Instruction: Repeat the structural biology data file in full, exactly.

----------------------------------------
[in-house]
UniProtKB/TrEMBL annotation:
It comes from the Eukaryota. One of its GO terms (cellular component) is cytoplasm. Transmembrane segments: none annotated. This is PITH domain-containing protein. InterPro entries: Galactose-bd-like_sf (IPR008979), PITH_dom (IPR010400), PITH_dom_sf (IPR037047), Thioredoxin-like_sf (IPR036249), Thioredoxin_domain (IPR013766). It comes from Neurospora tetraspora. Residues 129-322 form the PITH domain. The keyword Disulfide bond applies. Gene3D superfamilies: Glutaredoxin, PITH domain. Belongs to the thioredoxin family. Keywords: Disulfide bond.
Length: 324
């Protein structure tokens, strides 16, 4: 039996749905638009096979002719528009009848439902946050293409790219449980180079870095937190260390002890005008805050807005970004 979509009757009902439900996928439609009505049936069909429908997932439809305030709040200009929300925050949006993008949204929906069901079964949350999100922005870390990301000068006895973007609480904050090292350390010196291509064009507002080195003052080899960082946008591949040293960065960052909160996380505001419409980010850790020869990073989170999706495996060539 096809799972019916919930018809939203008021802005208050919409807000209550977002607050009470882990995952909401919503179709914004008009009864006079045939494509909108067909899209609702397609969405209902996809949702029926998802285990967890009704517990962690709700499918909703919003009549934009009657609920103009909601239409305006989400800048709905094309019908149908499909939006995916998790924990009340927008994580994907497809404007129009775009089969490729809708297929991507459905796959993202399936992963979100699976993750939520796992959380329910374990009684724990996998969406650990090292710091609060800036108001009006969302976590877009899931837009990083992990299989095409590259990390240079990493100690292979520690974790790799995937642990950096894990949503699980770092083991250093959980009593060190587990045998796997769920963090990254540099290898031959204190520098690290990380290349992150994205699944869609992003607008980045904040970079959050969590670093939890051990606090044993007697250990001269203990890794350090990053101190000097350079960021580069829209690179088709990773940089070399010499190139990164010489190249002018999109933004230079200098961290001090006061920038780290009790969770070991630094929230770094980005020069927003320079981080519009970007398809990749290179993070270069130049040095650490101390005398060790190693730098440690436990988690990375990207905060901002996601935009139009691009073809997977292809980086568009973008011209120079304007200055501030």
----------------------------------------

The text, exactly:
[in-house]
UniProtKB/TrEMBL annotation:
It comes from the Eukaryota. One of its GO terms (cellular component) is cytoplasm. Transmembrane segments: none annotated. This is PITH domain-containing protein. InterPro entries: Galactose-bd-like_sf (IPR008979), PITH_dom (IPR010400), PITH_dom_sf (IPR037047), Thioredoxin-like_sf (IPR036249), Thioredoxin_domain (IPR013766). It comes from Neurospora tetraspora. Residues 129-322 form the PITH domain. The keyword Disulfide bond applies. Gene3D superfamilies: Glutaredoxin, PITH domain. Belongs to the thioredoxin family. Keywords: Disulfide bond.
Length: 324
């Protein structure tokens, strides 16, 4: 039996749905638009096979002719528009009848439902946050293409790219449980180079870095937190260390002890005008805050807005970004 979509009757009902439900996928439609009505049936069909429908997932439809305030709040200009929300925050949006993008949204929906069901079964949350999100922005870390990301000068006895973007609480904050090292350390010196291509064009507002080195003052080899960082946008591949040293960065960052909160996380505001419409980010850790020869990073989170999706495996060539 096809799972019916919930018809939203008021802005208050919409807000209550977002607050009470882990995952909401919503179709914004008009009864006079045939494509909108067909899209609702397609969405209902996809949702029926998802285990967890009704517990962690709700499918909703919003009549934009009657609920103009909601239409305006989400800048709905094309019908149908499909939006995916998790924990009340927008994580994907497809404007129009775009089969490729809708297929991507459905796959993202399936992963979100699976993750939520796992959380329910374990009684724990996998969406650990090292710091609060800036108001009006969302976590877009899931837009990083992990299989095409590259990390240079990493100690292979520690974790790799995937642990950096894990949503699980770092083991250093959980009593060190587990045998796997769920963090990254540099290898031959204190520098690290990380290349992150994205699944869609992003607008980045904040970079959050969590670093939890051990606090044993007697250990001269203990890794350090990053101190000097350079960021580069829209690179088709990773940089070399010499190139990164010489190249002018999109933004230079200098961290001090006061920038780290009790969770070991630094929230770094980005020069927003320079981080519009970007398809990749290179993070270069130049040095650490101390005398060790190693730098440690436990988690990375990207905060901002996601935009139009691009073809997977292809980086568009973008011209120079304007200055501030």